The writing course I took my first semester at the University of North Carolina at Chapel Hill must have been required. I was 20 years old and I thought I already knew just about everything I needed to know.
All kidding aside, I really did know one or two things. After graduating from high school I had worked a summer reporting sports for The Charlotte News and I had worked 20 months as a journalist in the Navy after I finished boot camp and went to sea.
Didn’t that make me a professional? Sort of? Nevertheless, I worked hard on the first paper I wrote for class, and the second.
I got the first one back when I turned in the second paper. My first grade was an “F.” I worked even harder on the third paper and when I turned it in, I got the second one back. It was an “F”, too.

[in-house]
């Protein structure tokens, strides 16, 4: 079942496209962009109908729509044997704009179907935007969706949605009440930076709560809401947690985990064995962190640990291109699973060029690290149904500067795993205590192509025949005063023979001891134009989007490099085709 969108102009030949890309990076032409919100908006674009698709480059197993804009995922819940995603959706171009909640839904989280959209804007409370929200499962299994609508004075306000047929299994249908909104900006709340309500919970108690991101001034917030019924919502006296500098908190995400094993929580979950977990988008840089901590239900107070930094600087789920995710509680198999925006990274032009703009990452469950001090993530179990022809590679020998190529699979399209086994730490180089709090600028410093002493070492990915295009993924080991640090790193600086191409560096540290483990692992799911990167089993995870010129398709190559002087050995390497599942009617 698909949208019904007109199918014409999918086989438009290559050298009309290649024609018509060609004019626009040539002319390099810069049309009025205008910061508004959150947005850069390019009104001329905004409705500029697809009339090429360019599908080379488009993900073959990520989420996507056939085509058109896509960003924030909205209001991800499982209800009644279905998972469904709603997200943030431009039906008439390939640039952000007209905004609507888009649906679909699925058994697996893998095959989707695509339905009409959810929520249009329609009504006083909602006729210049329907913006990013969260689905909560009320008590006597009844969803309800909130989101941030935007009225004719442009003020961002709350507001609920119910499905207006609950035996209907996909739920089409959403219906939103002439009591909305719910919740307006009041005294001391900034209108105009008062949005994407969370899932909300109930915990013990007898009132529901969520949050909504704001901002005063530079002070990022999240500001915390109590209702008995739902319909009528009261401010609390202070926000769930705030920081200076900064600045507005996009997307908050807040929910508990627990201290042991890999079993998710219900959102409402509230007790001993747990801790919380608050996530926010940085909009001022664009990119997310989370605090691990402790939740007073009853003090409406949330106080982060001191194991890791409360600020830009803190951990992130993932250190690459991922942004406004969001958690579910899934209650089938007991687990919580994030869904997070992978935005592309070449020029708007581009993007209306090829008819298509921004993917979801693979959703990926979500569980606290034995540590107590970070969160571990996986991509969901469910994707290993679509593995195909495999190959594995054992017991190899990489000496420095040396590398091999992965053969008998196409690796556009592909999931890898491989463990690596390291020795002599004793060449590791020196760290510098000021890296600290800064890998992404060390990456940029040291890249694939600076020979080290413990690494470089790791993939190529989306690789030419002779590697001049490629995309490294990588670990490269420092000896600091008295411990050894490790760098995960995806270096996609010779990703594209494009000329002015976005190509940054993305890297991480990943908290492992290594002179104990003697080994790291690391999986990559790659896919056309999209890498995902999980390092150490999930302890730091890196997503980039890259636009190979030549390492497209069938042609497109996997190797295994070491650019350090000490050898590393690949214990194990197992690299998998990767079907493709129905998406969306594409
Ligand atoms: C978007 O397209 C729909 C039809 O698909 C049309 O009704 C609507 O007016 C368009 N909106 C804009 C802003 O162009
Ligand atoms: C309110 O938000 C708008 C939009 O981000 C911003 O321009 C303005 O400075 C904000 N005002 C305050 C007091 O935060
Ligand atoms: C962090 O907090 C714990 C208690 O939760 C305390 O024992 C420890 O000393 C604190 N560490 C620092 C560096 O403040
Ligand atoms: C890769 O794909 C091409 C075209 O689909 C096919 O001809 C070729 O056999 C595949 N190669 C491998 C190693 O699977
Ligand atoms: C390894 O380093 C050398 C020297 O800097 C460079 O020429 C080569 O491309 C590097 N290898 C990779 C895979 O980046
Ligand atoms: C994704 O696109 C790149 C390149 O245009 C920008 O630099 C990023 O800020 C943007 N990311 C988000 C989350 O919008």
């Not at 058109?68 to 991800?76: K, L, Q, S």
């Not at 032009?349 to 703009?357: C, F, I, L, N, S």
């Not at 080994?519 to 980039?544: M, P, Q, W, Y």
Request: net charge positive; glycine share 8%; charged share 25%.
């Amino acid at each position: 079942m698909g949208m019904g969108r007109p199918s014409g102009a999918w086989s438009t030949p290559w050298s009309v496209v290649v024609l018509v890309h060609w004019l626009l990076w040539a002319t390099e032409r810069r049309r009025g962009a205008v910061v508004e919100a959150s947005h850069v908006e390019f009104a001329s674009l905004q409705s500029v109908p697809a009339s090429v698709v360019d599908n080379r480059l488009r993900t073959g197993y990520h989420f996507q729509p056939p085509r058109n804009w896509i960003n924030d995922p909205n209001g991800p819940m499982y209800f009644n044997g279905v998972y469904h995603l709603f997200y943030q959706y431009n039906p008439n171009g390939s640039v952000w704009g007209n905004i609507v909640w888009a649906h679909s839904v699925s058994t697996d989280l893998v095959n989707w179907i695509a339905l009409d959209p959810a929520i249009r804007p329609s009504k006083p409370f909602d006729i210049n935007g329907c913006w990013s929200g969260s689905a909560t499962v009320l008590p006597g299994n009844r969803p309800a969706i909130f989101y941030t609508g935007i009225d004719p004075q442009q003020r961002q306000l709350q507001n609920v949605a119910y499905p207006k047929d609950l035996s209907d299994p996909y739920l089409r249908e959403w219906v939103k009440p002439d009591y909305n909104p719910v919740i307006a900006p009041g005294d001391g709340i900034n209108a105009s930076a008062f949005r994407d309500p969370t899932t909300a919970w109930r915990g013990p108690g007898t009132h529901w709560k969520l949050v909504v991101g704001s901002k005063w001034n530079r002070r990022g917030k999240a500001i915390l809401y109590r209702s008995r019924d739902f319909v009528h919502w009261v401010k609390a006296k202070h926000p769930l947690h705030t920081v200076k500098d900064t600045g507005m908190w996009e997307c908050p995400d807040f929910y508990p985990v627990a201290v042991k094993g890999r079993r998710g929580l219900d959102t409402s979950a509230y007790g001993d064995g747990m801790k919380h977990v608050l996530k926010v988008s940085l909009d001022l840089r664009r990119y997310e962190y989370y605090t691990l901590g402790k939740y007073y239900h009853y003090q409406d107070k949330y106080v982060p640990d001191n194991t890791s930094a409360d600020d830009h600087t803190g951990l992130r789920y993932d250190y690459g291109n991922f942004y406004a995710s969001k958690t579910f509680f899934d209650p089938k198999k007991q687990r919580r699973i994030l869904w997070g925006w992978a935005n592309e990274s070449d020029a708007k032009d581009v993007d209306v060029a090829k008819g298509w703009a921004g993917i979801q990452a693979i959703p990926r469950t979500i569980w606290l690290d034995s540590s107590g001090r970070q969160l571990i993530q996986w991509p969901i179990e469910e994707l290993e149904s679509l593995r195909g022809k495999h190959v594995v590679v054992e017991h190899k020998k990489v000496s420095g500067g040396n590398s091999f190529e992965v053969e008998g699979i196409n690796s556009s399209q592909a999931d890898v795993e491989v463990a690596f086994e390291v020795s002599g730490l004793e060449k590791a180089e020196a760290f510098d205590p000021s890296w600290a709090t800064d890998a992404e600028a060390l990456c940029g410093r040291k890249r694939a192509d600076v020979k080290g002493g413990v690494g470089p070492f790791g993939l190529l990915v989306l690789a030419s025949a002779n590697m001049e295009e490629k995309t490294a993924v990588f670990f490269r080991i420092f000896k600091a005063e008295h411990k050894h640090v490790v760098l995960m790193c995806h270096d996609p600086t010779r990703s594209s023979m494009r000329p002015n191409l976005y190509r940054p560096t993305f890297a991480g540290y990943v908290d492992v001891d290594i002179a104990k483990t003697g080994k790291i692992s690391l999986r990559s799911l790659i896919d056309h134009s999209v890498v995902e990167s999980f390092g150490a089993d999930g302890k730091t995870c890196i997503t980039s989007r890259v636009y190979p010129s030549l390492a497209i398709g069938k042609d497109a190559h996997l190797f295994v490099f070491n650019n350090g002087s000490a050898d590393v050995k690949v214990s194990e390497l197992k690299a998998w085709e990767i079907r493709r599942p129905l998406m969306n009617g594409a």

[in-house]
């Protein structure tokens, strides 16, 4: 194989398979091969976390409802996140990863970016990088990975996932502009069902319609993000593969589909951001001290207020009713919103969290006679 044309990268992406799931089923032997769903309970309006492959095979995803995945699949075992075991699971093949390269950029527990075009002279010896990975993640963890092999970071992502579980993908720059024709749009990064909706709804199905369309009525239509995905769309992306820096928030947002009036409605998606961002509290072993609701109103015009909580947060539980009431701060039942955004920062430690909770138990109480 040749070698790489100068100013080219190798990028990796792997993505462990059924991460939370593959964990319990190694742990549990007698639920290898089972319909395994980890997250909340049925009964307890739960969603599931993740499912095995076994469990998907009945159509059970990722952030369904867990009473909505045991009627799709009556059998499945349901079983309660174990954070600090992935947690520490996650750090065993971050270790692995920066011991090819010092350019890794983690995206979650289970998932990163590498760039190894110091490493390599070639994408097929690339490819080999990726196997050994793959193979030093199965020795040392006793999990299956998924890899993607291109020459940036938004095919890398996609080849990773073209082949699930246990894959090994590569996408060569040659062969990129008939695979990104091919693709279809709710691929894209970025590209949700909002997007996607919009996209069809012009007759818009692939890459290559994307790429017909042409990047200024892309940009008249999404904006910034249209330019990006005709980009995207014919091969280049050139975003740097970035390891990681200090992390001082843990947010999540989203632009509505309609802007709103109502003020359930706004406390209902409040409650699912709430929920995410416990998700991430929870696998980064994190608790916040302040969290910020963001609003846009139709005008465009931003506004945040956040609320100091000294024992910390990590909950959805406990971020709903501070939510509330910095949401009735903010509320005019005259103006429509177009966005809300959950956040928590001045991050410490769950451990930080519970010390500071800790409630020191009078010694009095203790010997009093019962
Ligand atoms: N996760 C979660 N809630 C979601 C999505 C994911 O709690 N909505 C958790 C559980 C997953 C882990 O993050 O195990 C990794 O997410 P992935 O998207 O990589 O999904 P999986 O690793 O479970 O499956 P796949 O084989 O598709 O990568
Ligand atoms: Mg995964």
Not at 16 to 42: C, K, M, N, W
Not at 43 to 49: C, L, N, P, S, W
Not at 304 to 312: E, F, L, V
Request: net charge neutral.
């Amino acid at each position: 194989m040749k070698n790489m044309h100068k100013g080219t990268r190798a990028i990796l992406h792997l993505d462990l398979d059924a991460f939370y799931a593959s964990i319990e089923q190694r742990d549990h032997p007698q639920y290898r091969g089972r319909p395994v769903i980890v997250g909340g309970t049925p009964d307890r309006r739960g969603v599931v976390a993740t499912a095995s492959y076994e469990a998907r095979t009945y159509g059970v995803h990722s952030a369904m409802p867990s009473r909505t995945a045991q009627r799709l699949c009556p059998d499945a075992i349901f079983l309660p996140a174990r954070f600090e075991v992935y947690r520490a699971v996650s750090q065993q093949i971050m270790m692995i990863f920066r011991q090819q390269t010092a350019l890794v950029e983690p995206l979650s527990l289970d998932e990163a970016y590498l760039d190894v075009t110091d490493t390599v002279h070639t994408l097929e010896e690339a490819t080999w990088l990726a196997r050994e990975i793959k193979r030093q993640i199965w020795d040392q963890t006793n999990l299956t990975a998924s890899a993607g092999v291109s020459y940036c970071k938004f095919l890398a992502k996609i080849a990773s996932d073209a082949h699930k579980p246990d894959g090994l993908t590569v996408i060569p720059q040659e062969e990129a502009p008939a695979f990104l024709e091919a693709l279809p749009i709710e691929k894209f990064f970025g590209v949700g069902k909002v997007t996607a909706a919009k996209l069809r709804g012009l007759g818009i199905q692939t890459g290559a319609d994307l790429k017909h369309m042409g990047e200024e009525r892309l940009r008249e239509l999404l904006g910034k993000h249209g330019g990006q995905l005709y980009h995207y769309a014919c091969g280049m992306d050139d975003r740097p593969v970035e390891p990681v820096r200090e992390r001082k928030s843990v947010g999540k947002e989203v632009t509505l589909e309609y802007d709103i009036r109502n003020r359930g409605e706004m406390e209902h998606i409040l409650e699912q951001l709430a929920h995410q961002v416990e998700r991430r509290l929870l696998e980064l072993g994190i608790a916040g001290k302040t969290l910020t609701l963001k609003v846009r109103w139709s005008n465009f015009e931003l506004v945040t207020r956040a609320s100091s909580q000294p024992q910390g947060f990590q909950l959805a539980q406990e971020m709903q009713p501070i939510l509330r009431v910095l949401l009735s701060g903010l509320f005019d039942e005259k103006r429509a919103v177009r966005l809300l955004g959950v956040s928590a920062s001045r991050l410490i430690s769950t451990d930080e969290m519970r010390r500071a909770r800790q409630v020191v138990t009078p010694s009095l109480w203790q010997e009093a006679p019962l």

At that point I went to see the instructor, not to whine about my grades, no, I just wanted him to show me an “A” or “B” paper. I wanted to see what one looked like. Just how good were the other people in my class? How far was I was missing the mark?
The instructor didn’t show me a paper with a high grade. Instead, he said to me, “Mr. Stith, if you knew how to write when you took my class you wouldn’t have needed to take my class.”
Then I understood. Perfectly. And I relaxed. I still tried to do decent work. I checked my spelling. I turned in my papers on time. But I stopped sweating it.
As the weeks went by my grades improved — a “D” and then a couple of “C’s,” a “B.” And then “A’s.” My final grade for the course was “A.”
Under his tutelage, according to him, I had learned to write.
Coming Friday: The Ice Cream Officer